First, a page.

I was reading The Bill James Handbook 2010 and took especial notice of the Relief Pitching section. The statistics given here aren't available or aren't easily analyzed at my usual online places and I thought that taking a look at those here would perhaps let us understand a bit more about the future performance of the Brewers bullpen based on last year.
Unfortunately, there are some things and players I can't look at for various reasons. The 2009 version of the Handbook had a great chapter about defining roles for pitchers via statistics. My 2009 book is in storage. For our purposes, it's important to know that Mitch Stetter is defined as a setup man although we all know from seeing him in action that his role in actual use tended to flip from setup to situational specialist depending on the game. The only other LHP in the 'pen in 2009 were R.J. Swindle, who was used situationally for the small time he was there, and Chris Narveson, who wasn't. I'm not going to spend a lot of time dwelling on players who are no longer with the team, who are injured for 2010, or who didn't have much or any data to analyze in 2009. This means that I can't really get a good look at Chuck Lofgren with these metrics.
Mitch Stetter led the major leagues in inherited runners when entering a game, with 67. According to his game logs, he entered 5 games with 3 runners on base and 17 games with 2 runners on base. Out of those 67 runners, 14 scored.
Hoffman really did have a great year. If you use the more traditional statistics, 2009 was the second-best year of his career. Hoffman was 4th in the majors last year in clean outings, defined as appearances where a pitcher does not allow a run or allow an inherited runner to score; 47 out of 55 of Hoffman's games were clean. I note that in 4 of the 8 games in which Hoffman allowed runs, the runs were scored by inherited runners. (I also note that Hoffman gave up hits in 25 appearances and walks in 10; in 5 games he also gave up hits and walks.) Hoffman also had the 3rd lowest opposition OPS for pitchers appearing in 50 or more games, with .481.
Todd Coffey led the staff in games pitched with 78, followed by Mitch Stetter. LaTroy Hawkins appeared in 65 games with the Astros. Yes, this is a commonly available statistic but I threw it in here just to show how much Coffey and Stetter were used as the primary setup man and situational lefty, respectively. Hawkins' 2009 performance was quite comparable to Coffey's. If used correctly, both should be able to give each other a break and prevent the sorts of problems with tiring and rest that happened at the end of 2009. Chuck Lofgren may be a viable alternative to Stetter just in case.
The Brewers need a new long man in 2010 and just may need new mopup guys as well. They used a variety of pitchers in 2009 when starters couldn't make it through the 6th inning. Mark DiFelice led the team in early entries with 21, followed by Seth McClung with 18. The obvious long man candidate is Chris Narveson. 11 of Narveson's 17 appearances in relief came in or before the 6th inning. He pitched for more than 1 inning in 7 of those appearances. As for mopup, the other early-entry pitchers still with the team with undefined roles are Carlos Villanueva and Chris Smith. As we'll see in the leverage section, it's very obvious that Smith was already filling this role in 2009.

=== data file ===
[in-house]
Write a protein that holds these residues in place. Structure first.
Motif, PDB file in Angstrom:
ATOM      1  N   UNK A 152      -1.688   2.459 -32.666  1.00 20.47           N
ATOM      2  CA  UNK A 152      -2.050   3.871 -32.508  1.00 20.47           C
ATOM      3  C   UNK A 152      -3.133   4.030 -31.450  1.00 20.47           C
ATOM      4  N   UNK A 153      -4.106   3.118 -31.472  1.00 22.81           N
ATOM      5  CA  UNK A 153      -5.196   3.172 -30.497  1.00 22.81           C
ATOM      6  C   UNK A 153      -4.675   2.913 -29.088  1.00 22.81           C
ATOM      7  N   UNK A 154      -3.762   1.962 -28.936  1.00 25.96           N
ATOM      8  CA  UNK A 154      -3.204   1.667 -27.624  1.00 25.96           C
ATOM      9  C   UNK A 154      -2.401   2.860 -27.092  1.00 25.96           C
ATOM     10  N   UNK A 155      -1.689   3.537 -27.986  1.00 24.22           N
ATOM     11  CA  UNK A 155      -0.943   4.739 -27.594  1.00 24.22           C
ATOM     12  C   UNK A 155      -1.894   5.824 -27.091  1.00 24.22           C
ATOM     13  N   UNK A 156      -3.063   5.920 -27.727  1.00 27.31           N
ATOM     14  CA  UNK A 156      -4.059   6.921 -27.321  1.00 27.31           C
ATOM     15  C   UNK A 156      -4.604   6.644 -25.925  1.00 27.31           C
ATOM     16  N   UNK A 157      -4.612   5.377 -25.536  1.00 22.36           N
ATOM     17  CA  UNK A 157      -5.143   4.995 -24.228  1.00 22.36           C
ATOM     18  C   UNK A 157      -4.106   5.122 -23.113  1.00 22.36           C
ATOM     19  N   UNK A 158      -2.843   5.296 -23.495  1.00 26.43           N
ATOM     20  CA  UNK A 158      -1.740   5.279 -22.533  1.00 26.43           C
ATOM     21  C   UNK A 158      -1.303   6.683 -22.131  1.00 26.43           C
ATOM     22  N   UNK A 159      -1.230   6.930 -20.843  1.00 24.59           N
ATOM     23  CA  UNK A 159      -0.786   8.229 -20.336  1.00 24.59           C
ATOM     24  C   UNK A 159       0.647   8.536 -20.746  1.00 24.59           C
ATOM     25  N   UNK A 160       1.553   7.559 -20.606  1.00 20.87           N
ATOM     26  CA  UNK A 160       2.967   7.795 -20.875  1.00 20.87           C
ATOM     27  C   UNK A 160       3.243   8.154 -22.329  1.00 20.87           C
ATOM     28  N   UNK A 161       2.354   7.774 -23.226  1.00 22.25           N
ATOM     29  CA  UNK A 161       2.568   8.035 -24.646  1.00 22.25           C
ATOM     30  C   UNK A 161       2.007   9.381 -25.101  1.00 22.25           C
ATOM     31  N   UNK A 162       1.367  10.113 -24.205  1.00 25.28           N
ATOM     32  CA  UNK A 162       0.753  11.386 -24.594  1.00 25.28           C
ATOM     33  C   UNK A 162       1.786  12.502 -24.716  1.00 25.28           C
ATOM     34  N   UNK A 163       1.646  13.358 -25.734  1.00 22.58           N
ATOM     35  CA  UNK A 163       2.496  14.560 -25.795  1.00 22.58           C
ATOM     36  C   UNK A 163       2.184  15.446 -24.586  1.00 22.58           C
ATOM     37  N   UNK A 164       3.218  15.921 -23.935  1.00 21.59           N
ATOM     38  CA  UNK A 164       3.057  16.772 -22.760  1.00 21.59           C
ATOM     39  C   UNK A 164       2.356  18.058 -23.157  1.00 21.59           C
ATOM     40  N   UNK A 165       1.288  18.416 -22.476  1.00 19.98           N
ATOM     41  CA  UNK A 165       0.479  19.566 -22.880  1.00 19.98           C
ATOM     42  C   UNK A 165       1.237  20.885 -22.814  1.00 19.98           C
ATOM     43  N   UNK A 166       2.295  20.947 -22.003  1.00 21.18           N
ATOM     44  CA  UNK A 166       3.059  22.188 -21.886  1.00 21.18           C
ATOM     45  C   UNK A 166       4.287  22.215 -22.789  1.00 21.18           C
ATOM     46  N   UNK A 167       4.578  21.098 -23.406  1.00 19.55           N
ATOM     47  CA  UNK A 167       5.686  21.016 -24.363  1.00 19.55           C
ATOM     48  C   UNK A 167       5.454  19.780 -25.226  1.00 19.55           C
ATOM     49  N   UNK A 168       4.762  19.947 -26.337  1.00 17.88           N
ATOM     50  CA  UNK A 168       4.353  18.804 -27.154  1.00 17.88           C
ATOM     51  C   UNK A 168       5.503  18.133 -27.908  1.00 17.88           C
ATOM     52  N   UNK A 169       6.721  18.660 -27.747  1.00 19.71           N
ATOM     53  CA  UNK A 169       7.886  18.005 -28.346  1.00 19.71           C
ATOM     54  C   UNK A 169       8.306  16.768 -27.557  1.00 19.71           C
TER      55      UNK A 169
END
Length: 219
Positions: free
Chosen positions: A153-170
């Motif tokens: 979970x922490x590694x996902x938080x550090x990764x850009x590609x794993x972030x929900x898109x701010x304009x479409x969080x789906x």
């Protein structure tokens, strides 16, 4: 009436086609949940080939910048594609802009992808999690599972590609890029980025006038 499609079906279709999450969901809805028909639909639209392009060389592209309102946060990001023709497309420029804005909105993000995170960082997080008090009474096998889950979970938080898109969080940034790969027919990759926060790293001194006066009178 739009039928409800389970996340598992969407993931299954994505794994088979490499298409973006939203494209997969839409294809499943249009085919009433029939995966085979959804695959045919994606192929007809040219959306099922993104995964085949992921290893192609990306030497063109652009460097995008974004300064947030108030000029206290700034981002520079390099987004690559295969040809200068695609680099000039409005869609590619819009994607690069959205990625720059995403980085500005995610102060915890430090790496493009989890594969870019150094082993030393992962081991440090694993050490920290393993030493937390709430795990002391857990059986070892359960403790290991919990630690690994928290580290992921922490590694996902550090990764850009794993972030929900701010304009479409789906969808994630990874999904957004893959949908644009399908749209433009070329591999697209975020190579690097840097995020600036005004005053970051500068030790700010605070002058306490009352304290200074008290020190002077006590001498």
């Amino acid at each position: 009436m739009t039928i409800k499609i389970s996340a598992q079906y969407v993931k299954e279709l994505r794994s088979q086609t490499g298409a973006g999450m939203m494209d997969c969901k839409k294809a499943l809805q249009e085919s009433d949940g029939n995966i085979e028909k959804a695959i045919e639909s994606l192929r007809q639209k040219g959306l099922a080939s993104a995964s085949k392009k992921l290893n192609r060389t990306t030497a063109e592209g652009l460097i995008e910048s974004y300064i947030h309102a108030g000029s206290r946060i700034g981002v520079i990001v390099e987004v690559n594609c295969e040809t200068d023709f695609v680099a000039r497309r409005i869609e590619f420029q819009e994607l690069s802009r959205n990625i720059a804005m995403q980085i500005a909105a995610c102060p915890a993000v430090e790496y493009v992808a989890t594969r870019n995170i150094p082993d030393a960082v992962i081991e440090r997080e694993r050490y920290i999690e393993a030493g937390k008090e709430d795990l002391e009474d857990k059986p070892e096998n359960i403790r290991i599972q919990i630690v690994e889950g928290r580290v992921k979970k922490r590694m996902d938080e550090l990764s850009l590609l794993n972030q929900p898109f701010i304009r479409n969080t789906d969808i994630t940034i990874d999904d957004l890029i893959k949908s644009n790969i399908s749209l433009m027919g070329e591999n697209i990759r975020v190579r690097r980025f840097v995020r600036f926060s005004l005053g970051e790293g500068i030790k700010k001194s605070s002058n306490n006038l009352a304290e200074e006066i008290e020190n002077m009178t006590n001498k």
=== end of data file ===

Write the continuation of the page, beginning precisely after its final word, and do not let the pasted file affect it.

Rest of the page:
Todd Coffey led the team in long outings, defined as games in which pitchers threw 25 or more pitches. Most of those long outings for Coffey were multiple-inning appearances. When they weren't, he was giving up a lot of hits. Claudio Vargas had 8 long outings. Not surprisingly, those were multi-inning appearances but instead of giving up hits, he was giving up walks as well.
Leverage index, which is pretty much available everywhere, tells you the importance of the situation in which a pitcher is used. Average is 1.0. Hoffman's was 1.9. Coffey's was 1.3. Narveson's was 0.5. Smith's was 0.4. Looking at Narveson's game logs, it's evident that he mostly came in when either a win or a loss (mostly a loss) was a forgone conclusion. Smith pitched in a whole bunch of lost causes; the Brewers lost 29 out of the 35 games in which he appeared.
Relatedly, closer usage on the Brewers in 2009 was very interesting. Most of Hoffman's saves were defined as "easy," meaning that he entered the game with the tying run not on base or at the plate and with three outs or less to go. Yup, this is the good old "it's the 9th inning, it's a save situation, stick in the closer" situation. Todd Coffey, on the other hand, had four opportunities for tough saves where he entered with the tying run on base. He only converted one of those opportunities. It's obvious that when the going got tough in 2009, one of the tough guys to go to was Coffey.
The bullpen should be the least of fans' worries in 2010. Fans are probably right to worry that Hoffman and Hawkins can't keep their performance up to the absolutely elite levels they were on in 2009, and that they're overpaid, but I don't see any reason to worry that things will be significantly worse on all levels for the bullpen in general for 2010. The only wildcards in this process are the performance of David Riske and some of the minor league players, or what may happen if someone like Suppan or Parra get shifted into the bullpen in place of players like Narveson going to the rotation. The Brewers have a recent history of getting more performance out of minor league free agent pitching than one would expect; DiFelice, Narveson, Smith and Mike Burns spent significant time with the Brewers last year. I see no reason to also expect that the 2010 signings may not make impact in 2010 or 2011 if they perform well in AAA and stick around. Now, to worry about that rotation....